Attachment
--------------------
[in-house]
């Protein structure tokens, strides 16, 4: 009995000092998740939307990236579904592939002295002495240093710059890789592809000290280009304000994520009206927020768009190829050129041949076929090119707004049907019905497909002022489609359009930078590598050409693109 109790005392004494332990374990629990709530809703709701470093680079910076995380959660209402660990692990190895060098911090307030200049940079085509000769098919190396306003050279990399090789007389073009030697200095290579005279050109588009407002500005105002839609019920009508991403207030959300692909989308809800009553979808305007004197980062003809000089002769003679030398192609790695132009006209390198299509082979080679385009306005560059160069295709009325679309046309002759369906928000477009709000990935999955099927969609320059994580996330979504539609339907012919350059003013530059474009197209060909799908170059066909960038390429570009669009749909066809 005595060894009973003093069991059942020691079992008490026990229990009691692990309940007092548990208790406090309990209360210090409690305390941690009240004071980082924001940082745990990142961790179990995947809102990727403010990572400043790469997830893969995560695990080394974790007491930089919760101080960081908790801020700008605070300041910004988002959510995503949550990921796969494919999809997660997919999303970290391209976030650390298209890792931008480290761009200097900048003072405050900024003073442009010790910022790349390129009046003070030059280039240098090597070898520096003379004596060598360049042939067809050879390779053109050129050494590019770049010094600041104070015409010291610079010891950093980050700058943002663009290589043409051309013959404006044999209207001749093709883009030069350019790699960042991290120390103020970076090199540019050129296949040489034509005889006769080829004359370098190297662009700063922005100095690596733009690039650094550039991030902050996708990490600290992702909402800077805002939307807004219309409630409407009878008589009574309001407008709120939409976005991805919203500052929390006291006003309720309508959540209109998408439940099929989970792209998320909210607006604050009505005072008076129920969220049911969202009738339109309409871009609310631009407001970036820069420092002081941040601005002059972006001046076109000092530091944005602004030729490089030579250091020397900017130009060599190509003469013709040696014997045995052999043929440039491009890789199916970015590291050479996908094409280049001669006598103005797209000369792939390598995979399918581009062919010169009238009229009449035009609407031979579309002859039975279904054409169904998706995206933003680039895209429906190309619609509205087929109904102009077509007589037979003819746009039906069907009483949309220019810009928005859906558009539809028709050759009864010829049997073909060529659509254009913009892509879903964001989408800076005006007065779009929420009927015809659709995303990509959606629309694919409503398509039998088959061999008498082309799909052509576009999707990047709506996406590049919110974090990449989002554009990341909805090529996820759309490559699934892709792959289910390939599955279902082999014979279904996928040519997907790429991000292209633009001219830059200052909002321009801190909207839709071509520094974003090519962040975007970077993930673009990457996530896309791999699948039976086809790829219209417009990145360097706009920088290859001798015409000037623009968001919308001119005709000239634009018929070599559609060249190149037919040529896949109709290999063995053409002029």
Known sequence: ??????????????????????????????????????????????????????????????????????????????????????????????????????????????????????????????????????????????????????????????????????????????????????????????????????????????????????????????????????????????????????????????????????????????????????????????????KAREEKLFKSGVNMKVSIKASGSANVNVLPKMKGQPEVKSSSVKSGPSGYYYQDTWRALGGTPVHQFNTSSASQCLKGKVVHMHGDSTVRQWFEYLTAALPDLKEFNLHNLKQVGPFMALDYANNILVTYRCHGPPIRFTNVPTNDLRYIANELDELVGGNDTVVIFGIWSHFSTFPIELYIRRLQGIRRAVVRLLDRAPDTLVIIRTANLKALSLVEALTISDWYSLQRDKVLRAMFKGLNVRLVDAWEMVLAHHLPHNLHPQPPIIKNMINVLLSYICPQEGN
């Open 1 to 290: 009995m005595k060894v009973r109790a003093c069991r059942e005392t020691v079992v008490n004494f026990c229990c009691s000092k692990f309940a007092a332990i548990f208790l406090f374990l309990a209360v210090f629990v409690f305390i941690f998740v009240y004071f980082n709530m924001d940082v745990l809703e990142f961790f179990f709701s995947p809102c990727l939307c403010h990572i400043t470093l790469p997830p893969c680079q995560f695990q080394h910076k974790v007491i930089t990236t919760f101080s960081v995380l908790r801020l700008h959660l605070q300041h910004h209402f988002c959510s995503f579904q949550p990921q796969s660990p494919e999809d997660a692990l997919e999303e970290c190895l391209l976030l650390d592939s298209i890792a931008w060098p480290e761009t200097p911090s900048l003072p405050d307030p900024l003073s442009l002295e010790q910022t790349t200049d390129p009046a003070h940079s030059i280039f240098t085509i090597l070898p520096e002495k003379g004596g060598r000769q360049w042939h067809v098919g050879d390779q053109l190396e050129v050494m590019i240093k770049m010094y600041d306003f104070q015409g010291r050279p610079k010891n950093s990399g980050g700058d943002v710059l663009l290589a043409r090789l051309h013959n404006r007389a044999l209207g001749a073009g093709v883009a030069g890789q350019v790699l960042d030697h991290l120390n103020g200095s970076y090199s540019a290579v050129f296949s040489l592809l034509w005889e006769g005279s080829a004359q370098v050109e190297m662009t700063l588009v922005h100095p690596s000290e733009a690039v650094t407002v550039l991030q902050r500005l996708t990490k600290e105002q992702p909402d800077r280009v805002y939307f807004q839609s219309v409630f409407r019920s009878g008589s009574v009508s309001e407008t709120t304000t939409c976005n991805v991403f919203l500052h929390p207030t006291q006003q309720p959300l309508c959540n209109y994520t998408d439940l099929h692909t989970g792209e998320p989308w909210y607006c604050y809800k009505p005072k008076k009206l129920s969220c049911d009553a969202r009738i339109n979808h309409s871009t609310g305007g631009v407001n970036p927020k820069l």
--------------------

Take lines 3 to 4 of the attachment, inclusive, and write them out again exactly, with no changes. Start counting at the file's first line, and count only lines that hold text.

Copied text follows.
Known sequence: ??????????????????????????????????????????????????????????????????????????????????????????????????????????????????????????????????????????????????????????????????????????????????????????????????????????????????????????????????????????????????????????????????????????????????????????????????KAREEKLFKSGVNMKVSIKASGSANVNVLPKMKGQPEVKSSSVKSGPSGYYYQDTWRALGGTPVHQFNTSSASQCLKGKVVHMHGDSTVRQWFEYLTAALPDLKEFNLHNLKQVGPFMALDYANNILVTYRCHGPPIRFTNVPTNDLRYIANELDELVGGNDTVVIFGIWSHFSTFPIELYIRRLQGIRRAVVRLLDRAPDTLVIIRTANLKALSLVEALTISDWYSLQRDKVLRAMFKGLNVRLVDAWEMVLAHHLPHNLHPQPPIIKNMINVLLSYICPQEGN
């Open 1 to 290: 009995m005595k060894v009973r109790a003093c069991r059942e005392t020691v079992v008490n004494f026990c229990c009691s000092k692990f309940a007092a332990i548990f208790l406090f374990l309990a209360v210090f629990v409690f305390i941690f998740v009240y004071f980082n709530m924001d940082v745990l809703e990142f961790f179990f709701s995947p809102c990727l939307c403010h990572i400043t470093l790469p997830p893969c680079q995560f695990q080394h910076k974790v007491i930089t990236t919760f101080s960081v995380l908790r801020l700008h959660l605070q300041h910004h209402f988002c959510s995503f579904q949550p990921q796969s660990p494919e999809d997660a692990l997919e999303e970290c190895l391209l976030l650390d592939s298209i890792a931008w060098p480290e761009t200097p911090s900048l003072p405050d307030p900024l003073s442009l002295e010790q910022t790349t200049d390129p009046a003070h940079s030059i280039f240098t085509i090597l070898p520096e002495k003379g004596g060598r000769q360049w042939h067809v098919g050879d390779q053109l190396e050129v050494m590019i240093k770049m010094y600041d306003f104070q015409g010291r050279p610079k010891n950093s990399g980050g700058d943002v710059l663009l290589a043409r090789l051309h013959n404006r007389a044999l209207g001749a073009g093709v883009a030069g890789q350019v790699l960042d030697h991290l120390n103020g200095s970076y090199s540019a290579v050129f296949s040489l592809l034509w005889e006769g005279s080829a004359q370098v050109e190297m662009t700063l588009v922005h100095p690596s000290e733009a690039v650094t407002v550039l991030q902050r500005l996708t990490k600290e105002q992702p909402d800077r280009v805002y939307f807004q839609s219309v409630f409407r019920s009878g008589s009574v009508s309001e407008t709120t304000t939409c976005n991805v991403f919203l500052h929390p207030t006291q006003q309720p959300l309508c959540n209109y994520t998408d439940l099929h692909t989970g792209e998320p989308w909210y607006c604050y809800k009505p005072k008076k009206l129920s969220c049911d009553a969202r009738i339109n979808h309409s871009t609310g305007g631009v407001n970036p927020k820069l």